This article appears through a media partnership with Maine Public.
Supporters and opponents of a so-called “voter ID” law were back at the State House on Monday arguing over whether such a requirement would inspire more confidence in elections or undermine voter participation.
Voter ID has become a partisan issue in Maine, which is one of just 13 states that do not require individuals to show some form of identification before entering the ballot box. And with Democrats controlling of both chambers of the Legislature, this latest push for a voter ID requirement in Maine faces an uphill climb.
But Republican Sen. Matt Pouliot of Augusta and other supporters cited national polls suggesting that a strong majority of Americans support showing a photo ID before voting. While Pouliot says he believes Maine is doing a good job of ensuring that elections are “free and fair,” he acknowledged that some people continue to believe fraud is happening within the election system and that “whether we like it or not, perception is reality.” During a roughly three-hour hearing, he and other supporters argued that passing a voter ID law could help address those voters’ concerns about election fraud.
“In the face of such staggering drops in public confidence, why would we not take it upon ourselves to provide confidence in the system?” Pouliot said. “Whether some think voter ID will move the needle or not, we also cannot show that it . . . will not help. If we do not have data showing that requiring ID will actually disenfranchise voters, why then would we not use it to help restore confidence in our system of democracy in more voters again?”
Pouliot’s bill would require the state to issue a photo ID for free to any eligible voter who does not have one.
But his bill was staunchly opposed by Maine Secretary of State Shenna Bellows as well as the ACLU of Maine, Disability Rights Maine, the Maine Women’s Lobby, the Maine Transgender Network, Maine Conservation Voters and the League of Women Voters of Maine. Opponents said that the voter ID laws do have a chilling effect on voter participation, particularly among the elderly, the disabled and in lower-income and minority communities. Some eligible voters, such as the elderly, no longer have an active driver’s license while others could be turned away because the name or gender on their license is different than the way they present themselves at the voting booth.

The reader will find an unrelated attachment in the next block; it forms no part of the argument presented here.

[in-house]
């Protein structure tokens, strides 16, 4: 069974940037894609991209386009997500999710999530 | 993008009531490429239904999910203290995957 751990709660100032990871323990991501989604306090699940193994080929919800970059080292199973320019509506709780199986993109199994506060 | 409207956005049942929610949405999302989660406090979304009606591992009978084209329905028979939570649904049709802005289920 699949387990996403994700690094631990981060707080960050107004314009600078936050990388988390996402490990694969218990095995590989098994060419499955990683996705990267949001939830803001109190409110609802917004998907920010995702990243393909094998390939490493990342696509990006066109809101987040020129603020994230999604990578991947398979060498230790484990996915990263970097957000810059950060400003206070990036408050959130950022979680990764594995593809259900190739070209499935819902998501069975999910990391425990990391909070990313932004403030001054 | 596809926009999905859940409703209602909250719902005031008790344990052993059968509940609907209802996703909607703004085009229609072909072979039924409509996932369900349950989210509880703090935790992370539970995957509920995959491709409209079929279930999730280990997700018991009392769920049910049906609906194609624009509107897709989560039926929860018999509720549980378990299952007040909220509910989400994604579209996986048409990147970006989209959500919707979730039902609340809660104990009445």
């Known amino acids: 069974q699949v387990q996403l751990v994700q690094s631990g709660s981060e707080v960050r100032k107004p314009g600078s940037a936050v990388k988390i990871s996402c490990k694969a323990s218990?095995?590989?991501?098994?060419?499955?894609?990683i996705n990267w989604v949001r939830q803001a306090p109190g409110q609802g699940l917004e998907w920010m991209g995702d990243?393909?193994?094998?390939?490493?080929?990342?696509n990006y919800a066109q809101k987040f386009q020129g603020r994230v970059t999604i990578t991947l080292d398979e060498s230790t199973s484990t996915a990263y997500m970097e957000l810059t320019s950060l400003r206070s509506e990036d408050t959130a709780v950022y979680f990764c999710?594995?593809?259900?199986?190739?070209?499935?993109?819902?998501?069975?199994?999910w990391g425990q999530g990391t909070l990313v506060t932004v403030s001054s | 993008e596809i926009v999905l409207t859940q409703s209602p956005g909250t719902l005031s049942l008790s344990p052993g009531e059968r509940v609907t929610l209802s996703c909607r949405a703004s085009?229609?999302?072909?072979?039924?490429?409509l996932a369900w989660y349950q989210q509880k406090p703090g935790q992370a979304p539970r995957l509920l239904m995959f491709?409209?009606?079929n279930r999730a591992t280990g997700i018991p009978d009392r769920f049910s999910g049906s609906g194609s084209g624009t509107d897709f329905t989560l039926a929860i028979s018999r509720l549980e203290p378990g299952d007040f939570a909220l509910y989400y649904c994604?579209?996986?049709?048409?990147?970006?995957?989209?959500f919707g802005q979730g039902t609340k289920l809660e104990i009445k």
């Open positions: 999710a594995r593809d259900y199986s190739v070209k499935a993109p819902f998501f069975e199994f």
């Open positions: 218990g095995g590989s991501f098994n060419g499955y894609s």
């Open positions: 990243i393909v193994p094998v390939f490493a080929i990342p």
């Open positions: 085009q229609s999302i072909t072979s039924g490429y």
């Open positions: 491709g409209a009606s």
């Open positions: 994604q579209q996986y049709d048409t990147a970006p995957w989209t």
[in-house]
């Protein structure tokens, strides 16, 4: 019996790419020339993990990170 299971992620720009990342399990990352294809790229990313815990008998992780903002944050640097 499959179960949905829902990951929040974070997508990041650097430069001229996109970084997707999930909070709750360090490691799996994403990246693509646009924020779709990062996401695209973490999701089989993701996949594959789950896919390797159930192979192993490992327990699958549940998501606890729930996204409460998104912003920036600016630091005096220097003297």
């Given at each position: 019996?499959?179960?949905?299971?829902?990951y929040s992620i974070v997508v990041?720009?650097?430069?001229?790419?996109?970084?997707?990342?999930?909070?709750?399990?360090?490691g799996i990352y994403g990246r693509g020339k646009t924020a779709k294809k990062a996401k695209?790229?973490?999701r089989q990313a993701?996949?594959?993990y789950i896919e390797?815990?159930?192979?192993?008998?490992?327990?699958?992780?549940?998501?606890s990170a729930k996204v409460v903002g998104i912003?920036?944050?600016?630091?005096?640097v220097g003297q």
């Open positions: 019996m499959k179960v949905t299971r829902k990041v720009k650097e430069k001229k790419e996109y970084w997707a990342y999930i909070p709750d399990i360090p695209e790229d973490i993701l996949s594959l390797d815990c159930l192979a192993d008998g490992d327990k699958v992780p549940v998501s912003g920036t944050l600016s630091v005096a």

Bellows, who formerly headed the ACLU of Maine, pointed out that Mainers are already required to show proof of residency at the time of their voter registration and election fraud is a felony in some instances. Additionally, Bellows said there has been no evidence of voter impersonation at the polls in recent decades in Maine.
“We should all be very proud that Maine ranks consistently at the very top of the list in voter participation in the nation,” Bellows said. “Proponents of this bill have argued that we are an outlier and urged us to adopt practices in other states. I would urge caution in adopting any measures that would create barriers to the right to vote and drag Maine’s voter participation and public confidence in elections down to the levels of apathy and voter participation that other states suffer . . . all voters should have the freedom to vote equally and any bills that infringes on that freedom should be regarded with the strictest scrutiny with regards to need and the public’s interest.”
The committee will hold a work session on the bill on a future date.